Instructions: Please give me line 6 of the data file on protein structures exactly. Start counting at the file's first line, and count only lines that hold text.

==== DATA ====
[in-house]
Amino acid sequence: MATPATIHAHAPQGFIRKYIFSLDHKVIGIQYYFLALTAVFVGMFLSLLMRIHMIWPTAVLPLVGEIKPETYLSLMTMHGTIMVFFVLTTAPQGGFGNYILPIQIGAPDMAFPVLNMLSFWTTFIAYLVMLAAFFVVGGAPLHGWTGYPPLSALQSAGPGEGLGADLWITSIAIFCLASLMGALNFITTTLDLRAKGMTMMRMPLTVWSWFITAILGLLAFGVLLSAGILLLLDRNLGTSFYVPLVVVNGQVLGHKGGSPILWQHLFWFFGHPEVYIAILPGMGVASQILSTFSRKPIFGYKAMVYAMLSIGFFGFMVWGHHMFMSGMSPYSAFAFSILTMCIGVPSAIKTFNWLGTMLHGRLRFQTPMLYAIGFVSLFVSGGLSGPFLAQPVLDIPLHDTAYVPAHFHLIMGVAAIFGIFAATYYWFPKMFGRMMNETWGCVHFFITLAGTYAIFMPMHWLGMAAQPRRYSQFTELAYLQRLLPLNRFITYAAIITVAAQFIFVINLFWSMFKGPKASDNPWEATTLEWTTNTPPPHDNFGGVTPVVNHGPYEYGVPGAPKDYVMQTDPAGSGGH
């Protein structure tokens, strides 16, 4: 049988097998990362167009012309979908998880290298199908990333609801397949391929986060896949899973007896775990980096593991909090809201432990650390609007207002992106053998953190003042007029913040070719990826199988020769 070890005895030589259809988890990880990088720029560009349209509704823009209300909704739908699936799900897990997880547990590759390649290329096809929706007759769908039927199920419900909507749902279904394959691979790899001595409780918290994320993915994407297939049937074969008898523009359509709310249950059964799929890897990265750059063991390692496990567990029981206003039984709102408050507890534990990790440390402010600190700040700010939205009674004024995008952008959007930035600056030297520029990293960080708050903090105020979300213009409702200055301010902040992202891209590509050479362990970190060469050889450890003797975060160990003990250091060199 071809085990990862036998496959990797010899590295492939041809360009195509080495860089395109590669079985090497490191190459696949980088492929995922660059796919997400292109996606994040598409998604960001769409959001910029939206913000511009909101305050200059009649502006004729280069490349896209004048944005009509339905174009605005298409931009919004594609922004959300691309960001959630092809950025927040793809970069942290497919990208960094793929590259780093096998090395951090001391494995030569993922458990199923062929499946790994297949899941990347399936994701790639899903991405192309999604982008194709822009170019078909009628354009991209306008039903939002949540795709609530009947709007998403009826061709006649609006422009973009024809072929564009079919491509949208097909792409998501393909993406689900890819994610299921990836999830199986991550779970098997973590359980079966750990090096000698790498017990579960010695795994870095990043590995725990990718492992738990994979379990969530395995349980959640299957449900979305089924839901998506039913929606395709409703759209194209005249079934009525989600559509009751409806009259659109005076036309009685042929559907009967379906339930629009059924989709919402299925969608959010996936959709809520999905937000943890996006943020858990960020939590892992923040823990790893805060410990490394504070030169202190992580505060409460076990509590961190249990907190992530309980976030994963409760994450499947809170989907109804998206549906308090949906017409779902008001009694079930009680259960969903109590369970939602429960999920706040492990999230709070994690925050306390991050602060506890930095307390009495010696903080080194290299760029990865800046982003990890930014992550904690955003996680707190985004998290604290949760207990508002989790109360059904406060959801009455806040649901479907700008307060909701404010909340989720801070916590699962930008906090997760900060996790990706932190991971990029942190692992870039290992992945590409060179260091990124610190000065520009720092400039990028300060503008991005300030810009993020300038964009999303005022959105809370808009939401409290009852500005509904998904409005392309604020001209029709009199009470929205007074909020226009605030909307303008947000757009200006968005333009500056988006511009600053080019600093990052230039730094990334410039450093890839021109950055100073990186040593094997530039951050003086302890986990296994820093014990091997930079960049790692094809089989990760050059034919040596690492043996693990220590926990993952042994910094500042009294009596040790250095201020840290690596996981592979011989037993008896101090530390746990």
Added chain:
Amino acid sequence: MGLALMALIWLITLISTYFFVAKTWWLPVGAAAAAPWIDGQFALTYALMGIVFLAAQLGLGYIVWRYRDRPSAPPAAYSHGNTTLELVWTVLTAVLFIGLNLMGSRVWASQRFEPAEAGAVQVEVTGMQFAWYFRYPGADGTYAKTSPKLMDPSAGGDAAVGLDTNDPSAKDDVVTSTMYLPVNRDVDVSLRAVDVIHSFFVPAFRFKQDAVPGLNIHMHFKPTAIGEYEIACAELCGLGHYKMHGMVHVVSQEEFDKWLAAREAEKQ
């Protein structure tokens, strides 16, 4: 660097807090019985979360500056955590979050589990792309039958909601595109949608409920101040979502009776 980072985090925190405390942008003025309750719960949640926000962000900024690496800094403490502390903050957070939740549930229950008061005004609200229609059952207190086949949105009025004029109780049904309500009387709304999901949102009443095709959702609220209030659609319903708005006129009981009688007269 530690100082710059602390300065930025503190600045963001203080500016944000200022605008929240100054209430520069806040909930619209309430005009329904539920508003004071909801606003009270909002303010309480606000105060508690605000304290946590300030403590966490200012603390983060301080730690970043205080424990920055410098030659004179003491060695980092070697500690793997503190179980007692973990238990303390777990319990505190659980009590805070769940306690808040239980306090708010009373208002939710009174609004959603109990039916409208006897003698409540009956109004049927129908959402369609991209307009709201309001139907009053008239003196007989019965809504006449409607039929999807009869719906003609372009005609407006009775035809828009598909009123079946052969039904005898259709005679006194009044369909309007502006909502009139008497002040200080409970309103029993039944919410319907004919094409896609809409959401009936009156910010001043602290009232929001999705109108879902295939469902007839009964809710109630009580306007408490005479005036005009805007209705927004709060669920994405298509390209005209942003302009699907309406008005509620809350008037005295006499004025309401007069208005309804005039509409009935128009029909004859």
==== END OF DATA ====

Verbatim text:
């Protein structure tokens, strides 16, 4: 660097807090019985979360500056955590979050589990792309039958909601595109949608409920101040979502009776 980072985090925190405390942008003025309750719960949640926000962000900024690496800094403490502390903050957070939740549930229950008061005004609200229609059952207190086949949105009025004029109780049904309500009387709304999901949102009443095709959702609220209030659609319903708005006129009981009688007269 530690100082710059602390300065930025503190600045963001203080500016944000200022605008929240100054209430520069806040909930619209309430005009329904539920508003004071909801606003009270909002303010309480606000105060508690605000304290946590300030403590966490200012603390983060301080730690970043205080424990920055410098030659004179003491060695980092070697500690793997503190179980007692973990238990303390777990319990505190659980009590805070769940306690808040239980306090708010009373208002939710009174609004959603109990039916409208006897003698409540009956109004049927129908959402369609991209307009709201309001139907009053008239003196007989019965809504006449409607039929999807009869719906003609372009005609407006009775035809828009598909009123079946052969039904005898259709005679006194009044369909309007502006909502009139008497002040200080409970309103029993039944919410319907004919094409896609809409959401009936009156910010001043602290009232929001999705109108879902295939469902007839009964809710109630009580306007408490005479005036005009805007209705927004709060669920994405298509390209005209942003302009699907309406008005509620809350008037005295006499004025309401007069208005309804005039509409009935128009029909004859």